All in a Day
All in a Day. We are well into our third week in Papua. Feeling more and more at home as the new becomes more familiar. Today we started school. It’s amazing the resources that were pulled together. So never fear my “un socialized” home school children WILL excel. The boys are thriving in this world of airplanes and grand freedom. They did not protest too loudly at having to buckle down to some books and studying today. We just had to take a break when a helicopter used our grass strip to do its insurance inspection. It was awesome to see the tall grass being whipped by the propeller and its ability to hover and maneuver tricky feats close to where we sat.
All our “barang” (stuff) arrived from Bandung. The way it left us is the way it came….piled high on a pick up truck. To say that it arrived in port over Christmas holidays and New Year came and went …..it all arrived, nothing stolen, in a mere 3 weeks. So now we have our car, BUT we cannot use it. That news about threw me into deep culture shock, but Jan rescued me and took me shopping! ha Better not shop again when culture shocking….that was one expensive grocery bill!!!!! Shhhhh…. Hopefully in three or four weeks we will have all the appropriate paper work to be able to legally drive our car. Until then we are at the mercy of the Roberts and other kind friends. We are blessed with lovely furniture, a brand new huge stainless steel fridge, etc. Having to pinch myself to see if I am really a missionary? But don’t worry when I squat on my potty, then I remember…(couldn’t resist writing about the squat potty!).
Last week the boys and I headed out to Bob and Jan’s lake hut with friends. Unfortunately my IPod is not downloading the images to share with you. The scenery was indescribable. We had a fantastic time swimming in the lake and playing games in the hut house. There are whole villages that live on Lake Sentani. As I walked under the house through the long grasses, with snails and shallow slimy water to climb up into the house, I was sure a croc would appear at any moment. They assured me repeatedly that no crocodiles had been seen for years….. I’m still not convinced! The boys were obliviously happy and rightly so.
My “Mary Poppin’s” arrived last Wednesday. Her name is Alce. Alce keeps this house spit spot, working 4o hours a week for us. All her time is spent cleaning and doing laundry and dishes. I cannot describe how quickly the houses get dirty here. Perhaps it is the environment with the constant open windows, or maybe the heat….but whatever the case may be I work from sun-up to sun-down along with Alce. At least now I can stop for a few hours to school the boys and the work continues. The wind will blow soon and Alce will leave because she is just waiting for paper work to be approved so she can work as a high school teacher. Until then I am going to try to “stop” more often and take a deep breath of thanksgiving.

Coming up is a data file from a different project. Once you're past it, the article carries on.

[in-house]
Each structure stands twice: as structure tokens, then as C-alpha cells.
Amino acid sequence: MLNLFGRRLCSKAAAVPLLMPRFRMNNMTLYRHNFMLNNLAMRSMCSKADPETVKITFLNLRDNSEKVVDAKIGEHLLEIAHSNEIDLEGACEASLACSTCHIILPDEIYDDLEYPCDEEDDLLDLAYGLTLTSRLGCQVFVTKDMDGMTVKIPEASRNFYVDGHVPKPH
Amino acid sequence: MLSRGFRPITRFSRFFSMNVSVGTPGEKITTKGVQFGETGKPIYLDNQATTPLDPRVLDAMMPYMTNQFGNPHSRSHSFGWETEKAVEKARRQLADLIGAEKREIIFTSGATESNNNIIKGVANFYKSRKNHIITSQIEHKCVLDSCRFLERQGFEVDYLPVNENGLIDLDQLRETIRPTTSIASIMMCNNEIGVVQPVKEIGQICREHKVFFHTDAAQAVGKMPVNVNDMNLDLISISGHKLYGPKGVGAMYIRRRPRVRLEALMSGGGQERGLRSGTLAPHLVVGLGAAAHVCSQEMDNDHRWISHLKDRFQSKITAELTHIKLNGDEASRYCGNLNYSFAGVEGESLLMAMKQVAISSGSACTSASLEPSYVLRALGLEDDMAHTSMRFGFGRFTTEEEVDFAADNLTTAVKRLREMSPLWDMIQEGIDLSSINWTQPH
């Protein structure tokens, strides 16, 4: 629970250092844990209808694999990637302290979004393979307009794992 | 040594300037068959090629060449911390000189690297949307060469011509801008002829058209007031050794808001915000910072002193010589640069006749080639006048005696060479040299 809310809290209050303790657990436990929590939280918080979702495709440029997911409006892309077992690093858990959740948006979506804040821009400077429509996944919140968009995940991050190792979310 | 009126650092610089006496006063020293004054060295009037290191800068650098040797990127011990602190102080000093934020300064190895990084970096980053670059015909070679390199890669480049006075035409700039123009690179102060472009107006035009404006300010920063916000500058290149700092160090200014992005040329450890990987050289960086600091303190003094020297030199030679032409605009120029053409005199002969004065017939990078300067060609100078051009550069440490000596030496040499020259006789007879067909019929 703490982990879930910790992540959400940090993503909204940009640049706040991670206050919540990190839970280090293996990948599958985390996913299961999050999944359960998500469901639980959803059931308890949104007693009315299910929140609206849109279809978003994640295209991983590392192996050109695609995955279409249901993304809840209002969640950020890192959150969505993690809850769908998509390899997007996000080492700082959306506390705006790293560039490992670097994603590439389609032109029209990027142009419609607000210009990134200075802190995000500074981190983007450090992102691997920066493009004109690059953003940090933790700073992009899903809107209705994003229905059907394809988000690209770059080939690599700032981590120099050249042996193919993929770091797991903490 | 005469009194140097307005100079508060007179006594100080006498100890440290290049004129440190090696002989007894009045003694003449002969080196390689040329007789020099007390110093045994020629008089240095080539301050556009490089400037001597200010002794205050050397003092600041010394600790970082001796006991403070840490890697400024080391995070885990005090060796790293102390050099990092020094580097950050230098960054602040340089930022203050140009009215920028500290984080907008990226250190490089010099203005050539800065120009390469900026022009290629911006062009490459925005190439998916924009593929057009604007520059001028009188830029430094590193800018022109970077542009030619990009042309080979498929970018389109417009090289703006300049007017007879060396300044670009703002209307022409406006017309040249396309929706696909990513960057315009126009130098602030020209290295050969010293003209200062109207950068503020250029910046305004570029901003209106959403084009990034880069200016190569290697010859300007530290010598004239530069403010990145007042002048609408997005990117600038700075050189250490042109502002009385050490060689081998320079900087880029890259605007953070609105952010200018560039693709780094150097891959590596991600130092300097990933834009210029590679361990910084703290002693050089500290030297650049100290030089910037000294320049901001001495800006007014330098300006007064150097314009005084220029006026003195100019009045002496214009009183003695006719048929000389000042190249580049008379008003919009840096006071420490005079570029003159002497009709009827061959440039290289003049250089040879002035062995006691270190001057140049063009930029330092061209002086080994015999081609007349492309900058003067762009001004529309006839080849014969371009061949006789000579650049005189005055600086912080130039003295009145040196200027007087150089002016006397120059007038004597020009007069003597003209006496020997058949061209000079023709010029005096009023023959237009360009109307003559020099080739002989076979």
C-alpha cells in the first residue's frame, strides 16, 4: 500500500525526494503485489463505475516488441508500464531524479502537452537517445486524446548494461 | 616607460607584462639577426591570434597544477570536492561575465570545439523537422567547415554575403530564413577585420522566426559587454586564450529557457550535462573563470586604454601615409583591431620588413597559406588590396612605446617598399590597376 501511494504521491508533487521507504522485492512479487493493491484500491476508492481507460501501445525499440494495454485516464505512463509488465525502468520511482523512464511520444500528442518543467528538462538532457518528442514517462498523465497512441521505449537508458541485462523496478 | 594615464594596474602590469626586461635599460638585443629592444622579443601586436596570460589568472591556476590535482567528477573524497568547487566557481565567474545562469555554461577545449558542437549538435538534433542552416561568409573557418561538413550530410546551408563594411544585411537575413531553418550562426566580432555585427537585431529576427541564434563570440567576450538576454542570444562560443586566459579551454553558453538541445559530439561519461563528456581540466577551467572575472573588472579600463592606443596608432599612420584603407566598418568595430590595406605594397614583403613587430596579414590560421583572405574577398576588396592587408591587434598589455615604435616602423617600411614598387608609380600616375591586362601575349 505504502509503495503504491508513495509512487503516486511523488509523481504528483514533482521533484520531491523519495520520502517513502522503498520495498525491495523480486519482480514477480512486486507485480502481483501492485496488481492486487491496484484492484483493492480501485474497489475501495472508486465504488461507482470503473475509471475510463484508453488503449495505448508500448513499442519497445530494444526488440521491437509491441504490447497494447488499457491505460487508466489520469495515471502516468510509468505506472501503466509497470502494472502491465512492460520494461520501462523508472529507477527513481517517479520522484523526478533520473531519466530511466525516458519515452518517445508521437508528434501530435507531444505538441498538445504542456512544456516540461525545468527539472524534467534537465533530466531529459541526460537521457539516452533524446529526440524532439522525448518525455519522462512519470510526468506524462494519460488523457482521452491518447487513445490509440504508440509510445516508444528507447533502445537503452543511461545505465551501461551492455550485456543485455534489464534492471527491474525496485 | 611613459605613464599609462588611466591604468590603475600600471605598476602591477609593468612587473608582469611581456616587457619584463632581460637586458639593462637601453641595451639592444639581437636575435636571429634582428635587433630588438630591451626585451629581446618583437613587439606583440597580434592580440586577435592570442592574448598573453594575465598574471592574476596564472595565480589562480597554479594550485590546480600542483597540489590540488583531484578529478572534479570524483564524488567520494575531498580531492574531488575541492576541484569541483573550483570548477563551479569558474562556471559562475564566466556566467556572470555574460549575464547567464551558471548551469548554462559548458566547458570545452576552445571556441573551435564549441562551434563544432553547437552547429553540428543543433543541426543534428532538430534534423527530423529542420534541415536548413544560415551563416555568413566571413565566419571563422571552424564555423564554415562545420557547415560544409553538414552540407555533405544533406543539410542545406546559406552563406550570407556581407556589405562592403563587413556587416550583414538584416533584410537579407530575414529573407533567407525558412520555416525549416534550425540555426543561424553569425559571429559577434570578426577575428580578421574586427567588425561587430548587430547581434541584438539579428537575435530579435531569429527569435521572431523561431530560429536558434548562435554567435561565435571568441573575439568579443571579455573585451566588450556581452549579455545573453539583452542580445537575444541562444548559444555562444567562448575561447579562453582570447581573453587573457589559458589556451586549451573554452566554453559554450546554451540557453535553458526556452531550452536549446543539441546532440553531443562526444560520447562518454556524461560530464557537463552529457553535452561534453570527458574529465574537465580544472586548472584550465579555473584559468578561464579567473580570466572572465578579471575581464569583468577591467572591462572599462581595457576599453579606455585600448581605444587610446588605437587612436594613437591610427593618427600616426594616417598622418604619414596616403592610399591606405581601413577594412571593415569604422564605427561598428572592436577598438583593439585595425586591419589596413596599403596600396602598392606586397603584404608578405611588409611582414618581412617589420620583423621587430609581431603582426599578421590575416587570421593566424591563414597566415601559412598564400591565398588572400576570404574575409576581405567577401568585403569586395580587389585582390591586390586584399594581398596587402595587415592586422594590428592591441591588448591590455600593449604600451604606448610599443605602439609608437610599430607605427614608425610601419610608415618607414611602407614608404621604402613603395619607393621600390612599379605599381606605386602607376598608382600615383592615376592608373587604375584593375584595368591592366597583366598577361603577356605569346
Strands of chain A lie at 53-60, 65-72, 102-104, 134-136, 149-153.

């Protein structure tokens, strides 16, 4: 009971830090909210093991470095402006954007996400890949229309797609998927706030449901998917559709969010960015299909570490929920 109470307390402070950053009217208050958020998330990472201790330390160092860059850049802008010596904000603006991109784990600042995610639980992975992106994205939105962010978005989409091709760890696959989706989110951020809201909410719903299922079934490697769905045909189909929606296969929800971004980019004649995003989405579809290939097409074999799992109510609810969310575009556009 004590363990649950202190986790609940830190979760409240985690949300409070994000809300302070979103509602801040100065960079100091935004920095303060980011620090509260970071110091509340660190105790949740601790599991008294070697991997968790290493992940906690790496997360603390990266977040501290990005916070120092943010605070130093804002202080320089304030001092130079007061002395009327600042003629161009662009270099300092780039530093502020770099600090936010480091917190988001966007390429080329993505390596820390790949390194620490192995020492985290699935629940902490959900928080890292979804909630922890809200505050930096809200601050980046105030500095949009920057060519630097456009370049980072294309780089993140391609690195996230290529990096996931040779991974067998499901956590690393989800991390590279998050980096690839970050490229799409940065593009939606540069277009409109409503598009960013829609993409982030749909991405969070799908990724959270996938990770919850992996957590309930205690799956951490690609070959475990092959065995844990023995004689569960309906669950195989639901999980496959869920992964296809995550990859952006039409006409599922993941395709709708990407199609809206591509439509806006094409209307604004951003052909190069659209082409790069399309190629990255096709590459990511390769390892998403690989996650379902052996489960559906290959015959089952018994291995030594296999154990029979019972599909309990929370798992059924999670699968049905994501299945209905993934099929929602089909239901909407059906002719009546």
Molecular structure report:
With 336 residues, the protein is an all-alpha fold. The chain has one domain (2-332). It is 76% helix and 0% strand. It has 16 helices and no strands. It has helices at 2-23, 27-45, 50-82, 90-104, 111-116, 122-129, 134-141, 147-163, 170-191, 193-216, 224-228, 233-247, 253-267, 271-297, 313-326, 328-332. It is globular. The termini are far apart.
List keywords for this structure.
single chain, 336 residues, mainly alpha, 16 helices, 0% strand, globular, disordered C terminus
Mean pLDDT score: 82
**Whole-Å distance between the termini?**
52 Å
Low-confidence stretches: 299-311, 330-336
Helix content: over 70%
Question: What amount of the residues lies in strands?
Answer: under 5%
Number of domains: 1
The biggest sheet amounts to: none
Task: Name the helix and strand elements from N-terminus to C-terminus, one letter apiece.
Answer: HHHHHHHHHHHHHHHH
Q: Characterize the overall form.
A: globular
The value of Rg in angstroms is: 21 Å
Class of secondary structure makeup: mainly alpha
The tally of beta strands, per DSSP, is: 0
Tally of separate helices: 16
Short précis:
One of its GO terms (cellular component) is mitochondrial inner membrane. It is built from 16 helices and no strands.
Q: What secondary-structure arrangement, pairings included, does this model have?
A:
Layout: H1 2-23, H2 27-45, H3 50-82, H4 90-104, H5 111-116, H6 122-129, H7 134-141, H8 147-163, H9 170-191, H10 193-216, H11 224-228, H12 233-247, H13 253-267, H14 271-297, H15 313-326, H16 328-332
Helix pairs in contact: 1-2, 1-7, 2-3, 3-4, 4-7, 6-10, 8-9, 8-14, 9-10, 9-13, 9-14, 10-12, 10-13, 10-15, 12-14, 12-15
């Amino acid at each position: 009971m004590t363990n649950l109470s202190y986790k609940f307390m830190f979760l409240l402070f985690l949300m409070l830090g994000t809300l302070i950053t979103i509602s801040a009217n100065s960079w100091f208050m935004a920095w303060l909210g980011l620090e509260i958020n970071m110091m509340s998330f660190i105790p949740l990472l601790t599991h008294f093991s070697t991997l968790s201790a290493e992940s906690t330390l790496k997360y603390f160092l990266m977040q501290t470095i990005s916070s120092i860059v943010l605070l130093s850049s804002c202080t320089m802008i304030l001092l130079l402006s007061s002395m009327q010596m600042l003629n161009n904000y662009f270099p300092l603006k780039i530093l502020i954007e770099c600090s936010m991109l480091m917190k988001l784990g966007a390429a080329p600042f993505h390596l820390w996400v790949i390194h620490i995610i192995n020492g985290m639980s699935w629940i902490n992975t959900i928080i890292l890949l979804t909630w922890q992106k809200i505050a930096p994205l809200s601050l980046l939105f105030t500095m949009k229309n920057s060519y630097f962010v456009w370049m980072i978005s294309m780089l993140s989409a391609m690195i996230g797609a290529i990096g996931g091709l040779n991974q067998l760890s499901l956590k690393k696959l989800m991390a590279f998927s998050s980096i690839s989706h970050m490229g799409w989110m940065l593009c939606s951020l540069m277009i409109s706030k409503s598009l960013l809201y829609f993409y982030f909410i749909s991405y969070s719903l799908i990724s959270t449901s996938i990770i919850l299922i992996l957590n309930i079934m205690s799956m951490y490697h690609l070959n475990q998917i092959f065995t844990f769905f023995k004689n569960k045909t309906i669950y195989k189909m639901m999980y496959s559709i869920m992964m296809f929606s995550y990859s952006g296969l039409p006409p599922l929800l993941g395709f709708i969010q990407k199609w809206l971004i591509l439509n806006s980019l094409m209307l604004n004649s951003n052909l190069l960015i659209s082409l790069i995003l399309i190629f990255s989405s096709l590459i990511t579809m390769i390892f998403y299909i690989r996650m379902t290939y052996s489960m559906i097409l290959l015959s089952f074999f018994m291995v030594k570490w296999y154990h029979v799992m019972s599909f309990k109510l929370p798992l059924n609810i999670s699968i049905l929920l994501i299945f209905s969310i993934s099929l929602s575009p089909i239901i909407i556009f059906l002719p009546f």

Our house is coming along. Currently they are building windows. The brick has been laid. Gravel poured. Land is cleared.
Each “boy” is standing in his room. : )
This is where my kitchen sink is going to be.
These are the building inspectors.
Darron preached Saturday at a large church in Sentani. I am proud of my husbands vision and message. The heat was sweltering. We were treated to an Indonesian feast at a fellow believers home. When I arrived home I promptly cut the polyester lining out of my cotton skirt. And it occurred to me the lovely hankie that my dear friend Missy gave to me, was not for tears, but for sweat. The boys stayed at home (a safe freedom, here) and attended church at the hanger. There was food here, but they were thrilled when the Roberts called them over for lunch. “Mom, we just had to eat fudge and apple salad at the Roberts.” : )
The young man that I wrote about last week with the cancer in the knee was flown back into the mountains at his request. I don’t know anymore details.
Today some of the local people decided they wanted to demonstrate and prevent Mr. Bob from flying. So they brought in truck loads of dirt and big boulders, along with gravel and dumped it on the runway. They are wanting money and land. The land has been paid for multiple times. It is sad and frustrating. Certainly against our cultural ways, but it’s all in a day around here. We are not being threatened. Yet it is disturbing.
Many of you have asked for our address. P.O. Box 229, Sentani, Papua Indonesia. As my mother said, “It is a very short address for such a long way away.” Always love to hear from you all. Please forgive us for being slow to write and email. Our internet time is limited. And I no longer have my one cent a minute calling plan. : ( And the phone lines sometimes have crackles and delays. But hopefully in time we will be Skype active. Thanks for reading and praying. Blessings!